Aww Sisi.

It’s a few days after you made that impromptu visit back to NYC to visit Mike and mend your relationship with him in person.

Mm you know, I just got hit with this feeling of happiness (: I need not worry abt what others think bc ultimately, Gods judgment is the only one that counts. Mike and I love each other, as flawed and misguided out love is sometimes. God’s blessed us with so many things and ridiculously privileged lives. We need to make the best of what we have and not dwell too much on our mistakes. God is good and he forgives. -5/4/12, 12:10 PM

It’s tough to respond to you when you talk about God because there are two ways I can respond and I never know which one is appropriate for that time. I could just respond to the literal meaning of your words, in which case I’m happy that you were (and continuously are) “hit with feelings of happiness” and “don’t need to worry” and that “you and Mike love each other.” The literal meanings of your statements about God are true: 1. God is the ultimate judge, 2. God has blessed you(pl), 3. God is good, 4. God forgives. I know the flow of your ideas and beliefs is completely rational: it makes sense that that feeling of happiness would lead to thoughts about God’s blessings overall, which you grounded in the context of your situation with Mike and then extended for future behavior/perspective.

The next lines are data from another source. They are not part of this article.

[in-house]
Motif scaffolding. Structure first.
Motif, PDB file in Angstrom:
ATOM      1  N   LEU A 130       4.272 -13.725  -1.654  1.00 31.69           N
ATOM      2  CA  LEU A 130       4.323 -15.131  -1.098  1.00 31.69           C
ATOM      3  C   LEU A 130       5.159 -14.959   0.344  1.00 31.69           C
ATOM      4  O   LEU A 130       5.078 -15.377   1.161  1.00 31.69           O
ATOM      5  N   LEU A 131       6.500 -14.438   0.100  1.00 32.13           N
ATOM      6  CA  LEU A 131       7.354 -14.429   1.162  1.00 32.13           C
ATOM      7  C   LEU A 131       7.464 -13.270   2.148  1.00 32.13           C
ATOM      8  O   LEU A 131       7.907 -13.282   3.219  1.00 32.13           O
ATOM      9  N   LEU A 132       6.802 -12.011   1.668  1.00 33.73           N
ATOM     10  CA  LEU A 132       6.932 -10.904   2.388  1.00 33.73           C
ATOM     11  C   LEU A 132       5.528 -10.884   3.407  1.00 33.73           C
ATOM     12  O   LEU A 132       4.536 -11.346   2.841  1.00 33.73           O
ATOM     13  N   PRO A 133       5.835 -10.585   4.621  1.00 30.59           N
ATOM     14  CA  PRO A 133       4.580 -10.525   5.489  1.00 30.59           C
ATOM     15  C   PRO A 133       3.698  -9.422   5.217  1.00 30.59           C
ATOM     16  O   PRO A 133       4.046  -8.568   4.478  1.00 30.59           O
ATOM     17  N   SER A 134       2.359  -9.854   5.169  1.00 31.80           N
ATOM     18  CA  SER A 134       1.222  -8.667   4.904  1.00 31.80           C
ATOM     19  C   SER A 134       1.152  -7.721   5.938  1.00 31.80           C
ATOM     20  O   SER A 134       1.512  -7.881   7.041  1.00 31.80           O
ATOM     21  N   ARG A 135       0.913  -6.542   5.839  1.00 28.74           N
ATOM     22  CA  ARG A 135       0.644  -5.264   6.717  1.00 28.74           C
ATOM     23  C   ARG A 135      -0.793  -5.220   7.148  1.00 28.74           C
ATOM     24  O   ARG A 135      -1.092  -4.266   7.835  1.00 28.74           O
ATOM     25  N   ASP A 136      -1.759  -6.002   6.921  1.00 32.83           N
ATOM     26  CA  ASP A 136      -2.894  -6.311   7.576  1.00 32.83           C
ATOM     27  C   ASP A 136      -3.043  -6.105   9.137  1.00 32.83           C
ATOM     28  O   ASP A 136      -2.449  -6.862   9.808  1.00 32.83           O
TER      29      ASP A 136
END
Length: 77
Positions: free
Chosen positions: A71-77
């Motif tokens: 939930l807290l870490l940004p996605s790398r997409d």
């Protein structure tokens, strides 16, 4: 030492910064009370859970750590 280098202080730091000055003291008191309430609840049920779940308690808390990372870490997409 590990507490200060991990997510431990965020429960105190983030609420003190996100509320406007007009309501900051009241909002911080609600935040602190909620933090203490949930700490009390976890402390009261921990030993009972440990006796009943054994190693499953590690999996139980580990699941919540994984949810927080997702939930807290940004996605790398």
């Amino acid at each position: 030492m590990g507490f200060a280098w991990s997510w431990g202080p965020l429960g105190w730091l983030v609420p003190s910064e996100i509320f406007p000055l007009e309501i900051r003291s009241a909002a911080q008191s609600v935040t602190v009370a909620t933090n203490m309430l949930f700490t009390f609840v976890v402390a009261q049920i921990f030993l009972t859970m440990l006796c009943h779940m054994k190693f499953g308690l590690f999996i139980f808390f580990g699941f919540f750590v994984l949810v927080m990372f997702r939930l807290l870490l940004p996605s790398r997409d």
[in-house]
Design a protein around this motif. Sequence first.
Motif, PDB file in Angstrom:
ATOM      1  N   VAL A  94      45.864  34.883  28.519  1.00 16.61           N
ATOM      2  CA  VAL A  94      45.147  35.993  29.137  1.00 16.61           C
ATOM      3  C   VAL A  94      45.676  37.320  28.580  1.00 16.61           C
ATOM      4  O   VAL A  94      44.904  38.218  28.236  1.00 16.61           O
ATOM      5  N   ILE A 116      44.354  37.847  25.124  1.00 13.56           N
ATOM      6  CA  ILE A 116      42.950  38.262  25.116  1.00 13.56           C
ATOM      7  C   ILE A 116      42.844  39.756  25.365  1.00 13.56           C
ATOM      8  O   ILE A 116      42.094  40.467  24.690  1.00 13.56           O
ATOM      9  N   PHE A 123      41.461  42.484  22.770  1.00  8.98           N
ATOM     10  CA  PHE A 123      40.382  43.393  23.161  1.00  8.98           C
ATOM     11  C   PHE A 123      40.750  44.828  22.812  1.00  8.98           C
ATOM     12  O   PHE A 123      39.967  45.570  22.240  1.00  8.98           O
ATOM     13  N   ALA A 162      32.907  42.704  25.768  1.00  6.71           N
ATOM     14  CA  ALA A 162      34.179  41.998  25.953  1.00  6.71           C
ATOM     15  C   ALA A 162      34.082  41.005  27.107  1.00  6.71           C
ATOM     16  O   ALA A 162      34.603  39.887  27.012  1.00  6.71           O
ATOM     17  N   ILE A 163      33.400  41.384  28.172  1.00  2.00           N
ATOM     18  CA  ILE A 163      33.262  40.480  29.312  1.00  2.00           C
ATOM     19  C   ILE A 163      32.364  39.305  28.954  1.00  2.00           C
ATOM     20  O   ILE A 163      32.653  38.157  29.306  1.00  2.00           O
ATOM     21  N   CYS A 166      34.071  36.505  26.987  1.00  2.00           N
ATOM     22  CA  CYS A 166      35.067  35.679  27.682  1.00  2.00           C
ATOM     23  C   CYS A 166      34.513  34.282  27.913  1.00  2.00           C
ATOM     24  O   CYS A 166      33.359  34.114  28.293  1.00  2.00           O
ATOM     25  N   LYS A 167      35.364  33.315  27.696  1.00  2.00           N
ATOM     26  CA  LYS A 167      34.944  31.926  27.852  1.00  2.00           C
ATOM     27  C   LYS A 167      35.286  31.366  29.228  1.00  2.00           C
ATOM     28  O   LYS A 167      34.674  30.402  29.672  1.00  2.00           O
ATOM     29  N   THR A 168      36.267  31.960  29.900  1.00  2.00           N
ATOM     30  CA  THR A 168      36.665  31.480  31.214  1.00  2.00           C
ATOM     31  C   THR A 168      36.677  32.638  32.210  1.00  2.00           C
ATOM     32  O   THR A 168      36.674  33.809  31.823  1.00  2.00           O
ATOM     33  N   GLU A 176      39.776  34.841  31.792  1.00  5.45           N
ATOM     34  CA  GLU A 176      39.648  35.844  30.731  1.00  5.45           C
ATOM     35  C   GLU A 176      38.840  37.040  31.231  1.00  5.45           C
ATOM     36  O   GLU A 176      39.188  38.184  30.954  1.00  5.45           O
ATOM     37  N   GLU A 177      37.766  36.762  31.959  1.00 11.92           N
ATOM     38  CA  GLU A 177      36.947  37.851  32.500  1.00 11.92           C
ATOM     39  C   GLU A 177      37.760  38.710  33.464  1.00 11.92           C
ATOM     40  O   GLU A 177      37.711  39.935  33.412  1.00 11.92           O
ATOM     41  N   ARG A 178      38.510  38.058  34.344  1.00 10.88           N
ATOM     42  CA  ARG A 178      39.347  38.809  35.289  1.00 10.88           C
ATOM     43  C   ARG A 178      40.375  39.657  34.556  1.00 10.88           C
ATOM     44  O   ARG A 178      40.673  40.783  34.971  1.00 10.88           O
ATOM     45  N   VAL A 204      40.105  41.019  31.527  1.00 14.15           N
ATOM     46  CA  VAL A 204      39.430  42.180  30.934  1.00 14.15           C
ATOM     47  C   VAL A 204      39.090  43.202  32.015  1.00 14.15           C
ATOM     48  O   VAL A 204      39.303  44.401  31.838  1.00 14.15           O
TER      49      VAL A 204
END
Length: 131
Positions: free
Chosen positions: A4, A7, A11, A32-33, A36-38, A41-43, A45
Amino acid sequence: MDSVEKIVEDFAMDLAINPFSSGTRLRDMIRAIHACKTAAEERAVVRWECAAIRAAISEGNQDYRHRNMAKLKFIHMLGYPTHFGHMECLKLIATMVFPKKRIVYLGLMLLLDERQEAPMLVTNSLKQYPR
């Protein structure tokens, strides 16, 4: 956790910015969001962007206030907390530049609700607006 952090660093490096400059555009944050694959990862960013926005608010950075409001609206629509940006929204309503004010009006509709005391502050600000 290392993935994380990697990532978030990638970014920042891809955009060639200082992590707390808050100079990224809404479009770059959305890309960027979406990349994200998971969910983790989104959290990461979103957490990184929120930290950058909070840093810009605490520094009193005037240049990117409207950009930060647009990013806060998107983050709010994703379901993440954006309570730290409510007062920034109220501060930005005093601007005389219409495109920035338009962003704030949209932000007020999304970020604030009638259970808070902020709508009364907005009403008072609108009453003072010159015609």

So if it’s all true, why would I try to contradict you?

And, given my personality, it’s not hard for me to do so, right?

John 7:24 (KJV)

24 Judge not according to the appearance, but judge righteous judgment.